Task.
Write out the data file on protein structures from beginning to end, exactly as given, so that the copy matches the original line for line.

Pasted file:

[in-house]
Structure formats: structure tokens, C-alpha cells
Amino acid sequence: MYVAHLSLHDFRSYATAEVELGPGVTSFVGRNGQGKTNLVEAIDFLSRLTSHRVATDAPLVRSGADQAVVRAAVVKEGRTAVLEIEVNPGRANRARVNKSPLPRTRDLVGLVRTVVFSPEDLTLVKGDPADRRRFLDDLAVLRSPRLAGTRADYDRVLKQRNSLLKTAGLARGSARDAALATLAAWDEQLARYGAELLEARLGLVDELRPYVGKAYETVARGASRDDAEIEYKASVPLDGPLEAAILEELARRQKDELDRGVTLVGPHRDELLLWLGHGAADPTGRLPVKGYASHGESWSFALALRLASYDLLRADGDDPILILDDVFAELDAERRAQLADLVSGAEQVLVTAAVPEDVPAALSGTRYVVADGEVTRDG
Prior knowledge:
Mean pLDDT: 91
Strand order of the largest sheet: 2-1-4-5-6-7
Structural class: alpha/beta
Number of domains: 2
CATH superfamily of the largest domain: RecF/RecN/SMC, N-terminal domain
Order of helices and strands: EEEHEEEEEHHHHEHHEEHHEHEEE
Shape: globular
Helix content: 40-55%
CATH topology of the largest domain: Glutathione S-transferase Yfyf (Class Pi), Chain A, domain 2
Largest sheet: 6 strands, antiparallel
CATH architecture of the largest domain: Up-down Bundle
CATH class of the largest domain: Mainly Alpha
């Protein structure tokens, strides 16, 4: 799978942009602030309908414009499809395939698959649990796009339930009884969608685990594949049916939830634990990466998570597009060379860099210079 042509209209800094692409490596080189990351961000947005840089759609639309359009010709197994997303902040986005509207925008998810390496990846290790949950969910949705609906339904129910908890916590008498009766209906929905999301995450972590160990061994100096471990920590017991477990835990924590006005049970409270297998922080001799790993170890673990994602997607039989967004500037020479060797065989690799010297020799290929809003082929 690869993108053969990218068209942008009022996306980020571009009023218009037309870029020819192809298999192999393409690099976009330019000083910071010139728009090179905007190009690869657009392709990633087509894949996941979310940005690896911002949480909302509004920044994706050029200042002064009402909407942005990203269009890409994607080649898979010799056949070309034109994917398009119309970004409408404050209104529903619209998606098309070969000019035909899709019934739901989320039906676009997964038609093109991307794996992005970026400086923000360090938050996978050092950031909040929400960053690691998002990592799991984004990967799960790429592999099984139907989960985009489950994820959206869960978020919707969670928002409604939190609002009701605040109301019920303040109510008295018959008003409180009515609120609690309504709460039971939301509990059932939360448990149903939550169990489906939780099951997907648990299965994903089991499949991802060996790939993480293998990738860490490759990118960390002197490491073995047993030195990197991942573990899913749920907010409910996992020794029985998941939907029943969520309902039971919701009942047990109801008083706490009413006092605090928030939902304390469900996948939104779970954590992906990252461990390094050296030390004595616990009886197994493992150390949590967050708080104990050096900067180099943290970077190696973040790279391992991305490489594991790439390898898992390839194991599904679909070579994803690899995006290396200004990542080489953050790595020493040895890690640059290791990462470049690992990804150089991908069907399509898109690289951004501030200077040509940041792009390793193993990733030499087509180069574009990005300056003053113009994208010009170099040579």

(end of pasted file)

[in-house]
Structure formats: structure tokens, C-alpha cells
Amino acid sequence: MYVAHLSLHDFRSYATAEVELGPGVTSFVGRNGQGKTNLVEAIDFLSRLTSHRVATDAPLVRSGADQAVVRAAVVKEGRTAVLEIEVNPGRANRARVNKSPLPRTRDLVGLVRTVVFSPEDLTLVKGDPADRRRFLDDLAVLRSPRLAGTRADYDRVLKQRNSLLKTAGLARGSARDAALATLAAWDEQLARYGAELLEARLGLVDELRPYVGKAYETVARGASRDDAEIEYKASVPLDGPLEAAILEELARRQKDELDRGVTLVGPHRDELLLWLGHGAADPTGRLPVKGYASHGESWSFALALRLASYDLLRADGDDPILILDDVFAELDAERRAQLADLVSGAEQVLVTAAVPEDVPAALSGTRYVVADGEVTRDG
Prior knowledge:
Mean pLDDT: 91
Strand order of the largest sheet: 2-1-4-5-6-7
Structural class: alpha/beta
Number of domains: 2
CATH superfamily of the largest domain: RecF/RecN/SMC, N-terminal domain
Order of helices and strands: EEEHEEEEEHHHHEHHEEHHEHEEE
Shape: globular
Helix content: 40-55%
CATH topology of the largest domain: Glutathione S-transferase Yfyf (Class Pi), Chain A, domain 2
Largest sheet: 6 strands, antiparallel
CATH architecture of the largest domain: Up-down Bundle
CATH class of the largest domain: Mainly Alpha
């Protein structure tokens, strides 16, 4: 799978942009602030309908414009499809395939698959649990796009339930009884969608685990594949049916939830634990990466998570597009060379860099210079 042509209209800094692409490596080189990351961000947005840089759609639309359009010709197994997303902040986005509207925008998810390496990846290790949950969910949705609906339904129910908890916590008498009766209906929905999301995450972590160990061994100096471990920590017991477990835990924590006005049970409270297998922080001799790993170890673990994602997607039989967004500037020479060797065989690799010297020799290929809003082929 690869993108053969990218068209942008009022996306980020571009009023218009037309870029020819192809298999192999393409690099976009330019000083910071010139728009090179905007190009690869657009392709990633087509894949996941979310940005690896911002949480909302509004920044994706050029200042002064009402909407942005990203269009890409994607080649898979010799056949070309034109994917398009119309970004409408404050209104529903619209998606098309070969000019035909899709019934739901989320039906676009997964038609093109991307794996992005970026400086923000360090938050996978050092950031909040929400960053690691998002990592799991984004990967799960790429592999099984139907989960985009489950994820959206869960978020919707969670928002409604939190609002009701605040109301019920303040109510008295018959008003409180009515609120609690309504709460039971939301509990059932939360448990149903939550169990489906939780099951997907648990299965994903089991499949991802060996790939993480293998990738860490490759990118960390002197490491073995047993030195990197991942573990899913749920907010409910996992020794029985998941939907029943969520309902039971919701009942047990109801008083706490009413006092605090928030939902304390469900996948939104779970954590992906990252461990390094050296030390004595616990009886197994493992150390949590967050708080104990050096900067180099943290970077190696973040790279391992991305490489594991790439390898898992390839194991599904679909070579994803690899995006290396200004990542080489953050790595020493040895890690640059290791990462470049690992990804150089991908069907399509898109690289951004501030200077040509940041792009390793193993990733030499087509180069574009990005300056003053113009994208010009170099040579």